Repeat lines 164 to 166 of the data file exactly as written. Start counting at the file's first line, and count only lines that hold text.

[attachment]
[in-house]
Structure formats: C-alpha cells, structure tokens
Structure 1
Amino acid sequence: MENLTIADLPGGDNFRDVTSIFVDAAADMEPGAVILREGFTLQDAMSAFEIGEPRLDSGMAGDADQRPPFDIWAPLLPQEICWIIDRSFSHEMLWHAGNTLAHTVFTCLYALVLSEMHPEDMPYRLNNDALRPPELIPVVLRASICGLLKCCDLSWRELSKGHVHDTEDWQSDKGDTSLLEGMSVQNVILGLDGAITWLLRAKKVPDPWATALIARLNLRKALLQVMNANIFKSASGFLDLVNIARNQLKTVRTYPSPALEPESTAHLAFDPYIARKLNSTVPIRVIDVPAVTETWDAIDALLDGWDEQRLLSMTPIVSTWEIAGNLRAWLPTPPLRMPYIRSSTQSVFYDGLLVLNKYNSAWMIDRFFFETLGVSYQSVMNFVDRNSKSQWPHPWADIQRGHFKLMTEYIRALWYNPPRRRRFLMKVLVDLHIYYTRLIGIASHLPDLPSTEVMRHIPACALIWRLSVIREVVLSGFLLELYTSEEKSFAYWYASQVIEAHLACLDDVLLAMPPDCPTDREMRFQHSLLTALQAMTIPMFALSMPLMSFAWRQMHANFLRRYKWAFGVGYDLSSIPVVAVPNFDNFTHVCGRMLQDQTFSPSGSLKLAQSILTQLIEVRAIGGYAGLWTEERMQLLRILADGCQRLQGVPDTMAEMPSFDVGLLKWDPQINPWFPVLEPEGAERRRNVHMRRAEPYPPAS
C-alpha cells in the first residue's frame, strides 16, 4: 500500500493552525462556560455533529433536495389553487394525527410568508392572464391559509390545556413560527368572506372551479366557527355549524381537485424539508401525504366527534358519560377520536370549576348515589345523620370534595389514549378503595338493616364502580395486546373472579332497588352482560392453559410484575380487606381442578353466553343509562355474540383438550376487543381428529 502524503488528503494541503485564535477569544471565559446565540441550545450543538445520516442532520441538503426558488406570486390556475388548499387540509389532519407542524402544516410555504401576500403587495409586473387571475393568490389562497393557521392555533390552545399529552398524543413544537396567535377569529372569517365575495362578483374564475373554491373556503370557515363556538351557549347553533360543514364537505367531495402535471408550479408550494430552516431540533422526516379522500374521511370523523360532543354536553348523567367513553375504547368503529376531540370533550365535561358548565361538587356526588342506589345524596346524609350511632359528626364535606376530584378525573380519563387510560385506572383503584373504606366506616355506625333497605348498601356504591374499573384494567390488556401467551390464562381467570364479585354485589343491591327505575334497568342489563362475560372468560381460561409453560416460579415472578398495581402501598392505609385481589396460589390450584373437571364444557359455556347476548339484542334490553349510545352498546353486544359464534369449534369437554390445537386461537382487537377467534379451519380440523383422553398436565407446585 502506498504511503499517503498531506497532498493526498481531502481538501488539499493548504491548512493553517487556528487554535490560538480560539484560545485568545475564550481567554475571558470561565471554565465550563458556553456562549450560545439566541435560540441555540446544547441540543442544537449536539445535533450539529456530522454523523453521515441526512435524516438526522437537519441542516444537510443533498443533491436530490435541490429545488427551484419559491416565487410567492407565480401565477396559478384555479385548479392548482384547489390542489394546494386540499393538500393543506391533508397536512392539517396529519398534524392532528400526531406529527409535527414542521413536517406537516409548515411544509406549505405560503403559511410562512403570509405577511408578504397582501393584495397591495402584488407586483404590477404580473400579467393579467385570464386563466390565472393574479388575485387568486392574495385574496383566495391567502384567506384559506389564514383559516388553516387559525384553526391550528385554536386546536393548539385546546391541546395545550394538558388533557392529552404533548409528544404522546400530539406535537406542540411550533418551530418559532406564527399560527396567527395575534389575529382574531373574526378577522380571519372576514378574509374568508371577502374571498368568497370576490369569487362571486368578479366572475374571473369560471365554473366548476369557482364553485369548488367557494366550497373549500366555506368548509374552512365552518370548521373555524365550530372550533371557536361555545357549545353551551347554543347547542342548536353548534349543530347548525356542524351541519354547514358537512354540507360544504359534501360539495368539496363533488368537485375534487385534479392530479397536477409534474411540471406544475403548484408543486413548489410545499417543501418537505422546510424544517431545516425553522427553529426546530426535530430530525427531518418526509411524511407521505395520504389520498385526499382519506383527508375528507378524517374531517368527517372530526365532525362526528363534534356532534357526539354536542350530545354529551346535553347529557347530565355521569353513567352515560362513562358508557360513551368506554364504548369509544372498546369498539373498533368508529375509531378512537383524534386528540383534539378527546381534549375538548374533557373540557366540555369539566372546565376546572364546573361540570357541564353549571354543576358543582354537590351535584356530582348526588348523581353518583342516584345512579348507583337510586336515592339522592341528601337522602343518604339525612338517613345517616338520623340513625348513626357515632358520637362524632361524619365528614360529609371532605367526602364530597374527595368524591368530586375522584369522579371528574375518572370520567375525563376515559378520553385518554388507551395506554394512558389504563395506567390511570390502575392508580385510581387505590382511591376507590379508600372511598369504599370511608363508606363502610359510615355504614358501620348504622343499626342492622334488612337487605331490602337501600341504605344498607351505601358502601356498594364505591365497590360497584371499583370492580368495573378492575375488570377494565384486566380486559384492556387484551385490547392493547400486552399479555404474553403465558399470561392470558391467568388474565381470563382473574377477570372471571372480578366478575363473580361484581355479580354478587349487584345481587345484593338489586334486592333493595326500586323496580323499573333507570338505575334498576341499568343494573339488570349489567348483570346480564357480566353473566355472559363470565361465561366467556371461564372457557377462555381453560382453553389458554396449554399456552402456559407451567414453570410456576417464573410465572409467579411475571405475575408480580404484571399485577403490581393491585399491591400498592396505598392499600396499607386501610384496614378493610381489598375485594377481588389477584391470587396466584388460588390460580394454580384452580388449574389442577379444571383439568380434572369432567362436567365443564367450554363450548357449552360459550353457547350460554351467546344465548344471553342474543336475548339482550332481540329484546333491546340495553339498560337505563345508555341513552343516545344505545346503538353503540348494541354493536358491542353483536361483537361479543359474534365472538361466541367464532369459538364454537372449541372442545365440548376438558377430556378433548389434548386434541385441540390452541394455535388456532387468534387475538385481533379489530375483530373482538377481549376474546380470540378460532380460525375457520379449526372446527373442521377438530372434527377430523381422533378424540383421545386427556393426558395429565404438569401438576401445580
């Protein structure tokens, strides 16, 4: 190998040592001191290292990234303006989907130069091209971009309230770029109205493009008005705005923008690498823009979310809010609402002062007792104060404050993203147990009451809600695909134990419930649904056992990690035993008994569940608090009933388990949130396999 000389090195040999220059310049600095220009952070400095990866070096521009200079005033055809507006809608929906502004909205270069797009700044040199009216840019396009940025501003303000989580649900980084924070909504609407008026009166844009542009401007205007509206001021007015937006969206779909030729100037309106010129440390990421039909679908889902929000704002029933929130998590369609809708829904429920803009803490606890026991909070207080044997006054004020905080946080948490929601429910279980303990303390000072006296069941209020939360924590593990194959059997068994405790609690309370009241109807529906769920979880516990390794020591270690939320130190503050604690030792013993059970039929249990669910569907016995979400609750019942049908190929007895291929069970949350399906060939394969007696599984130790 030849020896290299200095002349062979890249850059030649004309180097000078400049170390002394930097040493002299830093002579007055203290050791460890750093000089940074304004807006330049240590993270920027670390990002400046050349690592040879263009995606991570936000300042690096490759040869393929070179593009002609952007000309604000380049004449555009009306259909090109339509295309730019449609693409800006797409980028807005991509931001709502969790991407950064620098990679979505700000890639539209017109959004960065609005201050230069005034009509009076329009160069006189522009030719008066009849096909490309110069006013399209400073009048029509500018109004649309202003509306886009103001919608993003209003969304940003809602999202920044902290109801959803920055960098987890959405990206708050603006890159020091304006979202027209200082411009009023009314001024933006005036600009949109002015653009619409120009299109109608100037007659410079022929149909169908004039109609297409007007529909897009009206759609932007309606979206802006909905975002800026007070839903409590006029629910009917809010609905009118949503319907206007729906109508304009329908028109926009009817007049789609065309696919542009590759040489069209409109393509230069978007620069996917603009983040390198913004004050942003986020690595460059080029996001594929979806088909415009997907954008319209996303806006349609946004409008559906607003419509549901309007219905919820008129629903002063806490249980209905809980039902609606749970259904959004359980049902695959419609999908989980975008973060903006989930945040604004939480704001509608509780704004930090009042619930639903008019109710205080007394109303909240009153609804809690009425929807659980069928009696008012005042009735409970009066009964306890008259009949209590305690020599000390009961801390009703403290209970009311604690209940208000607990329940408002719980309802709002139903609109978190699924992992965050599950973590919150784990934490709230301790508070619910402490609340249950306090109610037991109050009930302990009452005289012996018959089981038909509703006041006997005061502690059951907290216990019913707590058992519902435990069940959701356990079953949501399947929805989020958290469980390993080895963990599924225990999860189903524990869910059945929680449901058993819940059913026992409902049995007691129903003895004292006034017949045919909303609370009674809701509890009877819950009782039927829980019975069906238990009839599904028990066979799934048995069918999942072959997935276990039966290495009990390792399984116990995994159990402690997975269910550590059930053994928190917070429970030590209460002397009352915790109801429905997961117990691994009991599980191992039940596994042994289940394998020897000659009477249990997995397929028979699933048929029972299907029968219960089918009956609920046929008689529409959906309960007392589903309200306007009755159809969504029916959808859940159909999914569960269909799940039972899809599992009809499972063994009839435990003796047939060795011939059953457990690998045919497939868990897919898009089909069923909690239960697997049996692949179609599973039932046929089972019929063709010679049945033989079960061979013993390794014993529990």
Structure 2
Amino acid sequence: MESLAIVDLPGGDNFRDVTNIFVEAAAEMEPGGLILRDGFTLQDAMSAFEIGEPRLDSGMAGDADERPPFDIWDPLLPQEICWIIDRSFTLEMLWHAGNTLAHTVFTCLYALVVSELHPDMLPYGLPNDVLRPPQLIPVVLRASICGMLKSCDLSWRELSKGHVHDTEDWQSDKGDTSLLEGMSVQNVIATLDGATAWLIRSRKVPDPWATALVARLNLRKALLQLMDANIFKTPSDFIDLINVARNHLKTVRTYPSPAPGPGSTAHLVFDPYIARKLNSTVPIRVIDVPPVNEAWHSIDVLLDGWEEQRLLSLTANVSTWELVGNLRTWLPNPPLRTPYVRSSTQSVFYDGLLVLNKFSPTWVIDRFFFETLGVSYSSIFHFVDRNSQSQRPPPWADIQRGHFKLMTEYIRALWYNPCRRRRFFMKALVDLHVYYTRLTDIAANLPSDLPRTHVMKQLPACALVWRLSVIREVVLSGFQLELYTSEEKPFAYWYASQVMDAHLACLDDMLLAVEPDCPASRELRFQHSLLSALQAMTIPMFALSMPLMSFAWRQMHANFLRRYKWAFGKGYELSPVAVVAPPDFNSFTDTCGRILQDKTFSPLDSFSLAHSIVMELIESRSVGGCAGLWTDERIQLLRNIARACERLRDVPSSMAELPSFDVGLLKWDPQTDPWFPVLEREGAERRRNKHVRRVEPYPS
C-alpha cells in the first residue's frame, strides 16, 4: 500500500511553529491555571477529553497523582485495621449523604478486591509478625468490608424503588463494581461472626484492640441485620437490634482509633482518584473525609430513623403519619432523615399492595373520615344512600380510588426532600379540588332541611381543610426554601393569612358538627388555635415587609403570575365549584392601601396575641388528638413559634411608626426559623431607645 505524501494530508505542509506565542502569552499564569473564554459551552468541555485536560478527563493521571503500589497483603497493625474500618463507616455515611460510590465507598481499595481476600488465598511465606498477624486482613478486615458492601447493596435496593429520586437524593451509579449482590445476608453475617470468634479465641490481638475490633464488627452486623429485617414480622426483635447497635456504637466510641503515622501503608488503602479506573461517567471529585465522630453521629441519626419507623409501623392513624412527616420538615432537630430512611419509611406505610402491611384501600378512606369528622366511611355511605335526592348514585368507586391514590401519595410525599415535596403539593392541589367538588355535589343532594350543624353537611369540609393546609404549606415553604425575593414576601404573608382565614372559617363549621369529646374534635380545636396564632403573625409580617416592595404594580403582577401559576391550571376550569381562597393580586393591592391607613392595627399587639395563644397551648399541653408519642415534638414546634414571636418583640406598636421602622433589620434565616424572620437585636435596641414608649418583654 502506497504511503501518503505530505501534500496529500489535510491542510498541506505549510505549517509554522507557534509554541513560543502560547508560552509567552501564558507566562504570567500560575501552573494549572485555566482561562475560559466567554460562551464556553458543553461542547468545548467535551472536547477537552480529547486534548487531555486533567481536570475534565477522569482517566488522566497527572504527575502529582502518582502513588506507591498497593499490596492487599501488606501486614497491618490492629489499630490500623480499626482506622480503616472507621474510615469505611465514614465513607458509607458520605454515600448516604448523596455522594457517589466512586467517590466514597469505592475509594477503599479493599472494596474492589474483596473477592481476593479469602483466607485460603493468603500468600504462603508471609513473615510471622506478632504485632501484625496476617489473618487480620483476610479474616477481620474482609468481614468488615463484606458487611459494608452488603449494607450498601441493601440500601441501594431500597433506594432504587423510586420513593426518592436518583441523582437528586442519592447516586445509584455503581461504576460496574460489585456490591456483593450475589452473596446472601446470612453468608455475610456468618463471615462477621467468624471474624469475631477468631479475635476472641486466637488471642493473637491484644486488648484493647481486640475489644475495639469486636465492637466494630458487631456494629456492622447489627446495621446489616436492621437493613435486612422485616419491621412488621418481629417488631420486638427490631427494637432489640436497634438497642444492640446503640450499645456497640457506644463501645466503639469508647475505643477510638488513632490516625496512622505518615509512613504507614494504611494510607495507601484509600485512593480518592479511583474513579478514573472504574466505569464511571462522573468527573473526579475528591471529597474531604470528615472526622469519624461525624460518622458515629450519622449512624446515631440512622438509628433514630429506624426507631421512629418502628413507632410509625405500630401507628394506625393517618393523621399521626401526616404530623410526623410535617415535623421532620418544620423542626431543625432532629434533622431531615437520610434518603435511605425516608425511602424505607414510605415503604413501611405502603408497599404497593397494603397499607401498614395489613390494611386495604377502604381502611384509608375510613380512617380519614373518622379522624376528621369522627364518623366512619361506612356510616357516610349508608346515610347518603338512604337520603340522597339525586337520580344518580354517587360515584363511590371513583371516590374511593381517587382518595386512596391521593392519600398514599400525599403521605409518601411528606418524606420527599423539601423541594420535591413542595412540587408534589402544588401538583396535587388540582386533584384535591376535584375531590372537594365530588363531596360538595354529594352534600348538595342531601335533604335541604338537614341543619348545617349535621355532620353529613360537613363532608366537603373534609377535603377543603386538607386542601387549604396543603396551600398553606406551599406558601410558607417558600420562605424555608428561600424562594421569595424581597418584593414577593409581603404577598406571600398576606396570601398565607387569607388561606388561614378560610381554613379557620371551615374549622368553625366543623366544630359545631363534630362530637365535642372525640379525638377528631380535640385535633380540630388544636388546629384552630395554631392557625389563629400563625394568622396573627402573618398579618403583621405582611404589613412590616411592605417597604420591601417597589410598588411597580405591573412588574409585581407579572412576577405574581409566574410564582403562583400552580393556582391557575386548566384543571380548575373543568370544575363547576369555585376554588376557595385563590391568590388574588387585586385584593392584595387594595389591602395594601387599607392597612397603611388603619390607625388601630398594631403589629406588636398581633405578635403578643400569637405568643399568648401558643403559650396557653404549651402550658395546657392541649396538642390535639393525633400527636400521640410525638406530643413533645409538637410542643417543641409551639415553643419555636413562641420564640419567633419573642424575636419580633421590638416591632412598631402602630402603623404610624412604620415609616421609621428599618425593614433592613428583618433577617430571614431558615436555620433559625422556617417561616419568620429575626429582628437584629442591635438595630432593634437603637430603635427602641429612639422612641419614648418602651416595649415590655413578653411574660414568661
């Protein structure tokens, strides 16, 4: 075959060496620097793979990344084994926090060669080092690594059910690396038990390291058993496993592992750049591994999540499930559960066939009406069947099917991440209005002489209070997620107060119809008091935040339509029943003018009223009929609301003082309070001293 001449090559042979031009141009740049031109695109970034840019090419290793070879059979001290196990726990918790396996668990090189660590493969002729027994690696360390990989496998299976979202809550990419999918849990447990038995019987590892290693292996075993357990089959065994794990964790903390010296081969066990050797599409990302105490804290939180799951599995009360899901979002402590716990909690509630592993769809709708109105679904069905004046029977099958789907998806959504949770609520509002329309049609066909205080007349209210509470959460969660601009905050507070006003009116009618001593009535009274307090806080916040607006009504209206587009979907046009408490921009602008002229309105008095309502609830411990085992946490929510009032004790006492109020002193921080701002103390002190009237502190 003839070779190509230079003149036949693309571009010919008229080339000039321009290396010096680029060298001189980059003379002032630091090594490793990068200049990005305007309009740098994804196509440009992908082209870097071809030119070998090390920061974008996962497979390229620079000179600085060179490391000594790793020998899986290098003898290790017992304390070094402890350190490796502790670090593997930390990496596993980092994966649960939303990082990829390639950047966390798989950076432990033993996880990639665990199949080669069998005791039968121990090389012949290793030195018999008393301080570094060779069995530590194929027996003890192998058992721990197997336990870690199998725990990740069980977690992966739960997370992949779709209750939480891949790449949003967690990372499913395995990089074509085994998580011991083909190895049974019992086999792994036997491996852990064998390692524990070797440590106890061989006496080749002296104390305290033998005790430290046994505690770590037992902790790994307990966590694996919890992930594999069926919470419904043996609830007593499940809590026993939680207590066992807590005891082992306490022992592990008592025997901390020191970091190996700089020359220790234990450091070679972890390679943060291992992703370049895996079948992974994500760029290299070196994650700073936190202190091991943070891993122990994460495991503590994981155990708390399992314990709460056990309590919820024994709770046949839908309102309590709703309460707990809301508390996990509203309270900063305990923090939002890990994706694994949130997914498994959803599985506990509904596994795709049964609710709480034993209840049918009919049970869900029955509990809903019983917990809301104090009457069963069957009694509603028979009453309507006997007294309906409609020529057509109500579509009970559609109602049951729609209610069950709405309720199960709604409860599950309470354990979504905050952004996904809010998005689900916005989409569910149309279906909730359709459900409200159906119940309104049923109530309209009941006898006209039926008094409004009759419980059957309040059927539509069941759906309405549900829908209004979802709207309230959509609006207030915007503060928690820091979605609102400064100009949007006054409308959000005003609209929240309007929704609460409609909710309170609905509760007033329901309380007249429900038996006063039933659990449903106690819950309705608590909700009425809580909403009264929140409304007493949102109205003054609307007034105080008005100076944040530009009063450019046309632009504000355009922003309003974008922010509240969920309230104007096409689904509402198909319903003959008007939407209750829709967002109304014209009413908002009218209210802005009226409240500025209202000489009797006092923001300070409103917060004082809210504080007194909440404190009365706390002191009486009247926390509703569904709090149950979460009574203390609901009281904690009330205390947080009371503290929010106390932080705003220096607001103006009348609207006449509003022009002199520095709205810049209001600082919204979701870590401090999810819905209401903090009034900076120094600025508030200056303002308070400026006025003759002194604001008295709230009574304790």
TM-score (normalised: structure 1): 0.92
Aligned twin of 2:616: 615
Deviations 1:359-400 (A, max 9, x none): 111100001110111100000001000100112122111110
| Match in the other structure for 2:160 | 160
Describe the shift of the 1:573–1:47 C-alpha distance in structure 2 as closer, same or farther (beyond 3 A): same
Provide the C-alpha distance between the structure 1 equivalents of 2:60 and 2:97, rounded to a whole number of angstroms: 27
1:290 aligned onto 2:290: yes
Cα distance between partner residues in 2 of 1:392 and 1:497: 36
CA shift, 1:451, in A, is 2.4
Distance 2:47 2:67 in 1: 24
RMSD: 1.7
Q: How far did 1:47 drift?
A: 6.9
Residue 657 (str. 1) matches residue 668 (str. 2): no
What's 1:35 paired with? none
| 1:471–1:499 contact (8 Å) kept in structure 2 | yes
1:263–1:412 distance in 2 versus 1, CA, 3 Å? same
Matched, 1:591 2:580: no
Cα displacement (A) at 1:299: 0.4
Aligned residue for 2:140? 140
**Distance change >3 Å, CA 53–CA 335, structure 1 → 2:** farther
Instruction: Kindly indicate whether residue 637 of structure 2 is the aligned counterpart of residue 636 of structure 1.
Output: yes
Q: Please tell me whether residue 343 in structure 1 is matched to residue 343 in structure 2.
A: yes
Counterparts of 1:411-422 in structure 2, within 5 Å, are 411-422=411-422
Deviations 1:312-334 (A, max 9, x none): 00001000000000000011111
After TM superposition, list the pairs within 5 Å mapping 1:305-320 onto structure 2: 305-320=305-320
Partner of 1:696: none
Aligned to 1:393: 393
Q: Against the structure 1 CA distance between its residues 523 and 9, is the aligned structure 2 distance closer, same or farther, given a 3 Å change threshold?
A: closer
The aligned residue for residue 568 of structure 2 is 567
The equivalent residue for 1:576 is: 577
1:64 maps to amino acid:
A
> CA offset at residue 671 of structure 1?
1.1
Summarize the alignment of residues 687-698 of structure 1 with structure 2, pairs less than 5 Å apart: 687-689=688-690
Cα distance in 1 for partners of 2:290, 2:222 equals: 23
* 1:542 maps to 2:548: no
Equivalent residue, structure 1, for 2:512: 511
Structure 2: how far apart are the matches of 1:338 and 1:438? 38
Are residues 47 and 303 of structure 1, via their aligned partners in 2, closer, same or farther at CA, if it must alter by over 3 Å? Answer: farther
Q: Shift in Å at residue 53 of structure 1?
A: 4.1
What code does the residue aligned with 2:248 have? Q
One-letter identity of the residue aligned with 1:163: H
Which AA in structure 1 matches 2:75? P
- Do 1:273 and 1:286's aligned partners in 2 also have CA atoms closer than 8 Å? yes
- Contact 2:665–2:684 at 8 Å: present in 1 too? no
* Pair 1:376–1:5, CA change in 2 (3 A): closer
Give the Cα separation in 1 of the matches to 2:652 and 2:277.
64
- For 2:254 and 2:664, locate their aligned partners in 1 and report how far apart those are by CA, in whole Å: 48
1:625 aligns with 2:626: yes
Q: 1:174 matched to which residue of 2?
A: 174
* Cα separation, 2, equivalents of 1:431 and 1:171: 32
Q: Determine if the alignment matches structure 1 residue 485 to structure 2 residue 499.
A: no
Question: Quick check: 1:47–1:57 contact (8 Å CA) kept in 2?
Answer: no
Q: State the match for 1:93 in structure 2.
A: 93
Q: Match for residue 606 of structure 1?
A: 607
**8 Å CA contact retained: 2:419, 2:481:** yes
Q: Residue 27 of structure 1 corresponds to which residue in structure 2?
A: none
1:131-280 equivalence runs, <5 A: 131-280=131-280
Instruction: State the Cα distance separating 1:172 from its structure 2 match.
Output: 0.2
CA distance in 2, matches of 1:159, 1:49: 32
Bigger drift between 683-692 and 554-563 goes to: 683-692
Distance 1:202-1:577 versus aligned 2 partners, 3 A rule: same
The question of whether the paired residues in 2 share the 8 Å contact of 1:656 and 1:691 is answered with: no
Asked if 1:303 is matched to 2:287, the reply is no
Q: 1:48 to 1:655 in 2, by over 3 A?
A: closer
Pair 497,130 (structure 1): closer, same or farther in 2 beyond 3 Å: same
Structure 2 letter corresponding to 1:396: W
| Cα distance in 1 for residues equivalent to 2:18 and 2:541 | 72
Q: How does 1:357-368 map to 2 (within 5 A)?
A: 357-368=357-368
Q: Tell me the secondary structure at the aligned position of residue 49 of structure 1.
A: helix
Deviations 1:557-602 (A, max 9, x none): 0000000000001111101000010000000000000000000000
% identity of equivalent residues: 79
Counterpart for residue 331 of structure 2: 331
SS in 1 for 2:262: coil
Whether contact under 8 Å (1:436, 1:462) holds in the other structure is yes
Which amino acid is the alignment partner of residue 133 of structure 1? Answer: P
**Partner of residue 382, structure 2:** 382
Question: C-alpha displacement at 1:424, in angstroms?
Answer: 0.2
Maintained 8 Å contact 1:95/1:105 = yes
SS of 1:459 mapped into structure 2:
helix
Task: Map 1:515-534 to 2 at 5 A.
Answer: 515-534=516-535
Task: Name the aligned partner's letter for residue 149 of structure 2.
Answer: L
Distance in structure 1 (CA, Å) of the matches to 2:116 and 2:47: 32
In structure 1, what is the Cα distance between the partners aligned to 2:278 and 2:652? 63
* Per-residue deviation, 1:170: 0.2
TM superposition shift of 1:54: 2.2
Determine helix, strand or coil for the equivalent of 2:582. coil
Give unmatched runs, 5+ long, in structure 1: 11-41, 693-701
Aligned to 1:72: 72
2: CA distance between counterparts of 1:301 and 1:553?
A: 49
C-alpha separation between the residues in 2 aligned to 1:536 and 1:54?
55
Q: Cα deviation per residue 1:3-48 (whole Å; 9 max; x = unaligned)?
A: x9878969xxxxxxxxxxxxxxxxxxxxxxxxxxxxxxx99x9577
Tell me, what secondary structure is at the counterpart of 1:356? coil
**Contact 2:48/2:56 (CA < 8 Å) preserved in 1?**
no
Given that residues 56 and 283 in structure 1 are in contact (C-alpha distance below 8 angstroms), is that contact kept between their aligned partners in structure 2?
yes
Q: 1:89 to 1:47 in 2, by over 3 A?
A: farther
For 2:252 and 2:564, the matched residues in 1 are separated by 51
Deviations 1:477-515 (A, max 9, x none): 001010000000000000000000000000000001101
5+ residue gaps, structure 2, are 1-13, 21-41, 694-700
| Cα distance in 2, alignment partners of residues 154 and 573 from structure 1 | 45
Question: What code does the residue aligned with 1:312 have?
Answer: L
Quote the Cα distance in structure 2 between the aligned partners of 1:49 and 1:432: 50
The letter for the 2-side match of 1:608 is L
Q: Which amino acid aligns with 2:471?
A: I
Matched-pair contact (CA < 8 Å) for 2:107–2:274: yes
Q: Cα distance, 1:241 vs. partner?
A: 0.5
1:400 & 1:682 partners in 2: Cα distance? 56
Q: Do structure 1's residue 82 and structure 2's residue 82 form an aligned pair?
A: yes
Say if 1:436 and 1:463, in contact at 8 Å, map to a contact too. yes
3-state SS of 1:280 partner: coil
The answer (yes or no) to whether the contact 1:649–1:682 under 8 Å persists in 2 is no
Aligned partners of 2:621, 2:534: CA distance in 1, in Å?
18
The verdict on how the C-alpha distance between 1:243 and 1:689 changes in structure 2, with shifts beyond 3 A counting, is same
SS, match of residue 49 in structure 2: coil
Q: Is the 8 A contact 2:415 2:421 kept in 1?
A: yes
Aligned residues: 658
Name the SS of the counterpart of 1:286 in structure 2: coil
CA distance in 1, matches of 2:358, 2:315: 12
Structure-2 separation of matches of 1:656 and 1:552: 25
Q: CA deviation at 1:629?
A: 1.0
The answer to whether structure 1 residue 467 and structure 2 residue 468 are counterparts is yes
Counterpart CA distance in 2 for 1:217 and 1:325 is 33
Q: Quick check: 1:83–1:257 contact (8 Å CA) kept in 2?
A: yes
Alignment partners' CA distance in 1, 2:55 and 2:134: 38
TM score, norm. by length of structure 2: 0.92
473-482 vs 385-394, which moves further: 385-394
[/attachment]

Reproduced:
A: 1.0
The answer to whether structure 1 residue 467 and structure 2 residue 468 are counterparts is yes
Counterpart CA distance in 2 for 1:217 and 1:325 is 33